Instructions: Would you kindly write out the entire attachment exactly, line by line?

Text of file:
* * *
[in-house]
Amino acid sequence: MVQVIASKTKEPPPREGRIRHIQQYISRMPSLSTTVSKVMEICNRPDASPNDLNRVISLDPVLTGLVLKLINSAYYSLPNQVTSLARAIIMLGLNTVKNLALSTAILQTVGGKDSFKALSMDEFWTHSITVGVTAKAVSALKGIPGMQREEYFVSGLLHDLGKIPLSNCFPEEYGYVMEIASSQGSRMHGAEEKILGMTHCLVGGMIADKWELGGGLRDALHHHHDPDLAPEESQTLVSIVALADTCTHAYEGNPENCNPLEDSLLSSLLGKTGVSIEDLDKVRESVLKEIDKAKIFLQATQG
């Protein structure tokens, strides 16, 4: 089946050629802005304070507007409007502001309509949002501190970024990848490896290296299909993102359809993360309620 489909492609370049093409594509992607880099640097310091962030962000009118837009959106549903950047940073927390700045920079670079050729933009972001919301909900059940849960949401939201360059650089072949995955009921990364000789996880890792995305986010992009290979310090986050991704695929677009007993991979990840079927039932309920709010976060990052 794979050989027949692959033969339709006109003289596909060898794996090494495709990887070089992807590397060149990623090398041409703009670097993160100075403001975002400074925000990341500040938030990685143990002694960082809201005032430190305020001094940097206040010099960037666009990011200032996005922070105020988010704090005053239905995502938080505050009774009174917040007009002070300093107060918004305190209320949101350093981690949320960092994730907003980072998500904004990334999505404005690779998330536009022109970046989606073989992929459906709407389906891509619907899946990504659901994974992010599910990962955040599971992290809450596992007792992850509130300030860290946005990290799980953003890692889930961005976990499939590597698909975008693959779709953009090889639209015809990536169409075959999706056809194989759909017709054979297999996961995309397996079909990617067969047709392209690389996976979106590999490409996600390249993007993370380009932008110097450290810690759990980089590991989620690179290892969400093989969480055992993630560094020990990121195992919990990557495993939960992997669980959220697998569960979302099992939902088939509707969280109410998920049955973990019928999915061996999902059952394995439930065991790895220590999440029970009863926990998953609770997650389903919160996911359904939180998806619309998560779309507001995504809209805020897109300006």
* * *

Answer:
[in-house]
Amino acid sequence: MVQVIASKTKEPPPREGRIRHIQQYISRMPSLSTTVSKVMEICNRPDASPNDLNRVISLDPVLTGLVLKLINSAYYSLPNQVTSLARAIIMLGLNTVKNLALSTAILQTVGGKDSFKALSMDEFWTHSITVGVTAKAVSALKGIPGMQREEYFVSGLLHDLGKIPLSNCFPEEYGYVMEIASSQGSRMHGAEEKILGMTHCLVGGMIADKWELGGGLRDALHHHHDPDLAPEESQTLVSIVALADTCTHAYEGNPENCNPLEDSLLSSLLGKTGVSIEDLDKVRESVLKEIDKAKIFLQATQG
């Protein structure tokens, strides 16, 4: 089946050629802005304070507007409007502001309509949002501190970024990848490896290296299909993102359809993360309620 489909492609370049093409594509992607880099640097310091962030962000009118837009959106549903950047940073927390700045920079670079050729933009972001919301909900059940849960949401939201360059650089072949995955009921990364000789996880890792995305986010992009290979310090986050991704695929677009007993991979990840079927039932309920709010976060990052 794979050989027949692959033969339709006109003289596909060898794996090494495709990887070089992807590397060149990623090398041409703009670097993160100075403001975002400074925000990341500040938030990685143990002694960082809201005032430190305020001094940097206040010099960037666009990011200032996005922070105020988010704090005053239905995502938080505050009774009174917040007009002070300093107060918004305190209320949101350093981690949320960092994730907003980072998500904004990334999505404005690779998330536009022109970046989606073989992929459906709407389906891509619907899946990504659901994974992010599910990962955040599971992290809450596992007792992850509130300030860290946005990290799980953003890692889930961005976990499939590597698909975008693959779709953009090889639209015809990536169409075959999706056809194989759909017709054979297999996961995309397996079909990617067969047709392209690389996976979106590999490409996600390249993007993370380009932008110097450290810690759990980089590991989620690179290892969400093989969480055992993630560094020990990121195992919990990557495993939960992997669980959220697998569960979302099992939902088939509707969280109410998920049955973990019928999915061996999902059952394995439930065991790895220590999440029970009863926990998953609770997650389903919160996911359904939180998806619309998560779309507001995504809209805020897109300006």